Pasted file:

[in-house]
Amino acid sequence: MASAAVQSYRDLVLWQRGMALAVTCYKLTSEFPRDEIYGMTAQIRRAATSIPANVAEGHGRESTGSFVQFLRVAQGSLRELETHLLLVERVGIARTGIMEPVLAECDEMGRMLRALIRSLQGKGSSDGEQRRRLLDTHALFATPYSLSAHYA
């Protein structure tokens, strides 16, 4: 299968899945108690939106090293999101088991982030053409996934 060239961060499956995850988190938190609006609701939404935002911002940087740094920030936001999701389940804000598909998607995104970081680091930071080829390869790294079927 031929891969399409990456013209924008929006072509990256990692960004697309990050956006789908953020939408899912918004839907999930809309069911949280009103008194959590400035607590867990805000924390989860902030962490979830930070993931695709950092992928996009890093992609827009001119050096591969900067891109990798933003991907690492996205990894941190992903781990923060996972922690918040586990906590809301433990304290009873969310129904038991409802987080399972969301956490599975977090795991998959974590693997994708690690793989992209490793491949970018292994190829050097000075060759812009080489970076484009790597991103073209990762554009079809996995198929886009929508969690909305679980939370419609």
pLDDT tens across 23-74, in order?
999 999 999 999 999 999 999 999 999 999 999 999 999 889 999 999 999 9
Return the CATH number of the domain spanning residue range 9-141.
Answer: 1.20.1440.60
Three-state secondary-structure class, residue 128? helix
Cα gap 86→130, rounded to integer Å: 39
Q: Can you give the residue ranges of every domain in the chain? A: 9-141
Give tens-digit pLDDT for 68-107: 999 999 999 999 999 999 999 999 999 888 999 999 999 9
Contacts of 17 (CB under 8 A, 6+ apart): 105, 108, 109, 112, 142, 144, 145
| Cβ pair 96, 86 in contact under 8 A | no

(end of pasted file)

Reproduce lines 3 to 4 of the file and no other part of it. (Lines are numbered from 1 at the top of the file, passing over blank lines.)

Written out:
């Protein structure tokens, strides 16, 4: 299968899945108690939106090293999101088991982030053409996934 060239961060499956995850988190938190609006609701939404935002911002940087740094920030936001999701389940804000598909998607995104970081680091930071080829390869790294079927 031929891969399409990456013209924008929006072509990256990692960004697309990050956006789908953020939408899912918004839907999930809309069911949280009103008194959590400035607590867990805000924390989860902030962490979830930070993931695709950092992928996009890093992609827009001119050096591969900067891109990798933003991907690492996205990894941190992903781990923060996972922690918040586990906590809301433990304290009873969310129904038991409802987080399972969301956490599975977090795991998959974590693997994708690690793989992209490793491949970018292994190829050097000075060759812009080489970076484009790597991103073209990762554009079809996995198929886009929508969690909305679980939370419609």
pLDDT tens across 23-74, in order?